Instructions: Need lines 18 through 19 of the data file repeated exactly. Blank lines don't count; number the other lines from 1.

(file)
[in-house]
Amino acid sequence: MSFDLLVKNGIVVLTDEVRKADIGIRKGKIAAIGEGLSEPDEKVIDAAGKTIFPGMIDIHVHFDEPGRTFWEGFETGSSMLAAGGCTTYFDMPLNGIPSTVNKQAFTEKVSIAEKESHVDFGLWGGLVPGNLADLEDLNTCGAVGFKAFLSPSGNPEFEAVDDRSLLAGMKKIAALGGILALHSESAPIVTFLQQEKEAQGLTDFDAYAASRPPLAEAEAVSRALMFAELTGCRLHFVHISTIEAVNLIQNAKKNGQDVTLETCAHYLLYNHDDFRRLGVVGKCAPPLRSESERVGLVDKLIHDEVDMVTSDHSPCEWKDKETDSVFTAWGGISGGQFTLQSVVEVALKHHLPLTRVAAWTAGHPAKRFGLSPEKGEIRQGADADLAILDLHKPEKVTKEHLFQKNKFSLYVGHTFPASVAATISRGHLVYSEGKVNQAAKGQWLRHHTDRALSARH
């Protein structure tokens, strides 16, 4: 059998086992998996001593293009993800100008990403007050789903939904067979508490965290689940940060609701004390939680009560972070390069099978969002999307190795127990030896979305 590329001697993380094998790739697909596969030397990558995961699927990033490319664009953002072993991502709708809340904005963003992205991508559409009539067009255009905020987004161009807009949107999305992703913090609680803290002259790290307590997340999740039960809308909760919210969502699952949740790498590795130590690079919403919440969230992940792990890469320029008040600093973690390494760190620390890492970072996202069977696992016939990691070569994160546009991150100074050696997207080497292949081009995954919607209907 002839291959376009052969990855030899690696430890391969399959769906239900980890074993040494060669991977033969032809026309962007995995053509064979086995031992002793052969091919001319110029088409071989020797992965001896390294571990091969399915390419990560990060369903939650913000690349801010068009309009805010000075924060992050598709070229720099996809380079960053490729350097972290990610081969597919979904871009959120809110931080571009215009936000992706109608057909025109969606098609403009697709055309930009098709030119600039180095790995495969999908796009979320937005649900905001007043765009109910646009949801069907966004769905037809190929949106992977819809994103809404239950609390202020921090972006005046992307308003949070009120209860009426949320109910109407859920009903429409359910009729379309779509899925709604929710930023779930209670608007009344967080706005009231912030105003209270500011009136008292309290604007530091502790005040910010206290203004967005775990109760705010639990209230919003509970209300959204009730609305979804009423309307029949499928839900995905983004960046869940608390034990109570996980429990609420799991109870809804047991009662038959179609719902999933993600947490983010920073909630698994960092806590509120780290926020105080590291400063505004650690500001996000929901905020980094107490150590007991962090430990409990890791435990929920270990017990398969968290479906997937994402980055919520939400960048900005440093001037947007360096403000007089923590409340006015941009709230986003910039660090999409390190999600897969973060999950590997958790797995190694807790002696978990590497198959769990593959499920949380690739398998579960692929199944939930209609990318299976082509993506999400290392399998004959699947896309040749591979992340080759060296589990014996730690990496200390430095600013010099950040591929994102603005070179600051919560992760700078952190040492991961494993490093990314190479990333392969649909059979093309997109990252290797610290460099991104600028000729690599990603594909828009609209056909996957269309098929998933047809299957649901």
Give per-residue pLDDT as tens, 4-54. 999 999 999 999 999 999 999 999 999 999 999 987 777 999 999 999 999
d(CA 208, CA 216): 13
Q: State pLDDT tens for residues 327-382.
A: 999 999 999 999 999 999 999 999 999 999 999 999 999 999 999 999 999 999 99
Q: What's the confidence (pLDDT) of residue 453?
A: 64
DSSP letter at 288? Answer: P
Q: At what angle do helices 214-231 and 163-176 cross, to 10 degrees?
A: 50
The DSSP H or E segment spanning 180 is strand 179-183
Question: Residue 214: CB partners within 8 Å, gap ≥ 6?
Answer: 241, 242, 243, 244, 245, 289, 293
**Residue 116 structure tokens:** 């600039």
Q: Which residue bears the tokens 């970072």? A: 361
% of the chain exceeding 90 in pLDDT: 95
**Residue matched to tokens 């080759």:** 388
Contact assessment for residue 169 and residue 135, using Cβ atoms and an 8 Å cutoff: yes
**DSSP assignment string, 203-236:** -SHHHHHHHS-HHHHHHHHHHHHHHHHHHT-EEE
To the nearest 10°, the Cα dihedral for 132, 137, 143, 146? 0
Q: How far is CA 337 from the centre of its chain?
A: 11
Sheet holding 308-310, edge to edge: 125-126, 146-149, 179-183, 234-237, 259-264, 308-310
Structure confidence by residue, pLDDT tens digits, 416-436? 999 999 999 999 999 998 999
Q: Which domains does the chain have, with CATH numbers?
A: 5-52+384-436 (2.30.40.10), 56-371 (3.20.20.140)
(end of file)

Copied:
% of the chain exceeding 90 in pLDDT: 95
**Residue matched to tokens 């080759």:** 388